The XMM Survey Science Centre (SSC) is a consortium of eight European institutions , led by Leicester University. Within the XMM project, the SSC has responsibilities to develop science analysis software for XMM (jointly with ESA's XMM Science Operations Centre), to perform a pipe-line processing of all XMM observations, and to conduct a follow-up/identification programme for the XMM serendipitous X-ray survey. The AIP has the responsibility to provide the source detection software for the pipe-line processing of the XMM EPIC data.
ROSAT Results Archive (till 2001)
The ROSAT Results Archive contains results (positions, count rates, hardness ratios, extent, and variability information) on some 100,000 objects detected in more than 5000 observations performed by ROSAT. The data have undergone a thorough screening and validation process, including an automatic screening and visual inspection of all ROSAT images. About 1700 ROSAT datasets were screened at AIP.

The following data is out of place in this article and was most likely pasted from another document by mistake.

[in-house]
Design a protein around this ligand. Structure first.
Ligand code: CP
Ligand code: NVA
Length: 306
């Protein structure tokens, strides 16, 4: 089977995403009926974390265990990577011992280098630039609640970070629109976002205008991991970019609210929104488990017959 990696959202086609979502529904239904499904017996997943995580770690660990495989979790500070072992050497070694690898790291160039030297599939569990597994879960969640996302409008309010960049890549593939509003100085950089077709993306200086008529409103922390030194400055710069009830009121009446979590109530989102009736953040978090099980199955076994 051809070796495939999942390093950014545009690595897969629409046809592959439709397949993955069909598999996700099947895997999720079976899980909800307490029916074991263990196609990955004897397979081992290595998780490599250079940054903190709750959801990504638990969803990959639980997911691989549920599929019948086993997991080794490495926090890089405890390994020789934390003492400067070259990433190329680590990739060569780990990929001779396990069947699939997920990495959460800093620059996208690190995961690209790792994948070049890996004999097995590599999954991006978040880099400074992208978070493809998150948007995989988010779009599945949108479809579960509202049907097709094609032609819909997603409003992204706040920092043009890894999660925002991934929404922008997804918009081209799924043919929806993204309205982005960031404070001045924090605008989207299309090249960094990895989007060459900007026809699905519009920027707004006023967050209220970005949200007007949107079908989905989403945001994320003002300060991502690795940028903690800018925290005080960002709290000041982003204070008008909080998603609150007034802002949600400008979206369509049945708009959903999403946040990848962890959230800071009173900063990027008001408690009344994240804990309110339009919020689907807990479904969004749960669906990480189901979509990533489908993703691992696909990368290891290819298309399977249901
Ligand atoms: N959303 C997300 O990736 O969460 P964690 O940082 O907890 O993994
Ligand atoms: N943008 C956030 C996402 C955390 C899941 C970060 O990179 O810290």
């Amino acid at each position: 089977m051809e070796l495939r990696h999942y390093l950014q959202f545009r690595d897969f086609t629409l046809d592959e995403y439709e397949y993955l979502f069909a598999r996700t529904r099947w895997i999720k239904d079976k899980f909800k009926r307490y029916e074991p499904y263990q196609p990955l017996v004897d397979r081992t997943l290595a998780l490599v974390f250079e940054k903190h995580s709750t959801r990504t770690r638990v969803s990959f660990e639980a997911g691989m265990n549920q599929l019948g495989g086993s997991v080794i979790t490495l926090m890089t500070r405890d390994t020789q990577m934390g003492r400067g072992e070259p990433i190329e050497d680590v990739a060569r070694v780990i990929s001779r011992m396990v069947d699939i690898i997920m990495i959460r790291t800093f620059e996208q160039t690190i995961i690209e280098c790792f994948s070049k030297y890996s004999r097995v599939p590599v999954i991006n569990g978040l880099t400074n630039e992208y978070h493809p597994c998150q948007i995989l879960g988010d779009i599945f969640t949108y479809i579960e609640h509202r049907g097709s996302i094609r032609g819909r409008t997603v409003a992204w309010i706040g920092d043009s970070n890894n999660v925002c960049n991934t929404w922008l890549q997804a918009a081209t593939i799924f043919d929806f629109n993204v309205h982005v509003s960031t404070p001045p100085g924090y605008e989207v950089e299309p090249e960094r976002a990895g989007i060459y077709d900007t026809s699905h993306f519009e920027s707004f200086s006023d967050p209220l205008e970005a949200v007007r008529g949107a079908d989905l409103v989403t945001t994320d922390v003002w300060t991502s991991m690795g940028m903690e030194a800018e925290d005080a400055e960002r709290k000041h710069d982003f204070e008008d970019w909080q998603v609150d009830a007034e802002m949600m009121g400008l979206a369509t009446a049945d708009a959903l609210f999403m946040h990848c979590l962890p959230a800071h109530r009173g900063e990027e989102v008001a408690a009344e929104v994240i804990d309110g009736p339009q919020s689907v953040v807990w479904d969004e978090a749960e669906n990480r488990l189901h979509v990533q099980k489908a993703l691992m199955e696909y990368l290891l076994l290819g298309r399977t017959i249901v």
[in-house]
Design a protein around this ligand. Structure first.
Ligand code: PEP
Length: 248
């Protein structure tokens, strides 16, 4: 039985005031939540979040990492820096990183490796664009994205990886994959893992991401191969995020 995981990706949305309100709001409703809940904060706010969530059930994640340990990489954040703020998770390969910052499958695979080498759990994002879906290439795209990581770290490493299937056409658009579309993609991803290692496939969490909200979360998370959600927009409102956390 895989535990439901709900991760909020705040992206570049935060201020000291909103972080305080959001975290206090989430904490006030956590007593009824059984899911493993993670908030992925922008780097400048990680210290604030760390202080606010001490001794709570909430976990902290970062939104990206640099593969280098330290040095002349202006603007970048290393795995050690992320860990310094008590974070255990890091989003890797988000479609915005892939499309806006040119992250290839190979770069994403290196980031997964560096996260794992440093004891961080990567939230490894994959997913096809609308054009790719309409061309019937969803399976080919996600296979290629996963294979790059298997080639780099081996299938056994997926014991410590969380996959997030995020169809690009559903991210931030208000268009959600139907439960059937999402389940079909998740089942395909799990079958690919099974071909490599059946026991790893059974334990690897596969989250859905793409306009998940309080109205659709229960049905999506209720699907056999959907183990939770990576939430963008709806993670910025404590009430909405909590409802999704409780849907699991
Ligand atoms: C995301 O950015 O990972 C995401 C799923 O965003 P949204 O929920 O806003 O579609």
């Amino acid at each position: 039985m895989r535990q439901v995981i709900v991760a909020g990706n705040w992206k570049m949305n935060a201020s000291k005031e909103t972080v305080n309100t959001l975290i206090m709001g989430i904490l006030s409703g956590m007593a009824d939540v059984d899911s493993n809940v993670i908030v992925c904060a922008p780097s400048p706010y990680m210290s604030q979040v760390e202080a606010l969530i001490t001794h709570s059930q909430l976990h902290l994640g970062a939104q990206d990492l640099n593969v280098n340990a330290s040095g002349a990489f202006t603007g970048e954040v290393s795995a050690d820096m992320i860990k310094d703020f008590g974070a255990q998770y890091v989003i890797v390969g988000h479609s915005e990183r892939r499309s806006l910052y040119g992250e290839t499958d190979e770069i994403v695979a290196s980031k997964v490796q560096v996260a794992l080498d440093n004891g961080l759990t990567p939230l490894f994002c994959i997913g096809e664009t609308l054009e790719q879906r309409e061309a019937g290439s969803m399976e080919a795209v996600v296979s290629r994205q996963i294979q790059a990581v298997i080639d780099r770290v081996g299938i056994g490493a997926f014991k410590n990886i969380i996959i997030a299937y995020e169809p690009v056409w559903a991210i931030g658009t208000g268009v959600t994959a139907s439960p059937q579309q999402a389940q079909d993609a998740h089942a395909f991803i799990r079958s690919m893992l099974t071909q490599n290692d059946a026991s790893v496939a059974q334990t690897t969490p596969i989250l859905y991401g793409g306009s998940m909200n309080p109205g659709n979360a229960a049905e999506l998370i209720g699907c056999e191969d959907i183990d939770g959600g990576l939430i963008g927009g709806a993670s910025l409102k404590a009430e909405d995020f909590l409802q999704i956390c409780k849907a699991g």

The project was conducted in collaboration with MPE, GSFC, SAO and Leicester University.
SODART (till 2000)
SODART was a high-throughput multi-mirror X-ray twin telescope of 8m focal length with changeable detectors on slides for energies between 0.1 and 20 keV for the SPECTRUM X GAMMA satellite, an international high-energy space mission under IKI (Russia) leadership. Launch was planned for 2003, but there was never a confirmation of a schedule for a firm launch date.
ABRIXAS (till 2000)
ABRIXAS (A Broad-band Imaging X-ray All-sky Survey) was a small satellite mission which was planned to observe the X-ray sky for three years in the energy band 0.5-10 keV. One main goal of the project was to study the absorbed AGN population and its contribution to the X-ray background.
After the succesful launch of the ABRIXAS satellite on April 28th 1999 it turned out that there was a failure in the satellite's power system. On July 1st 1999 DLR has declared that the scientific mission of ABRIXAS failed.
Galaxies and Quasars home
updated: 2011, Sep. 11 by René Heller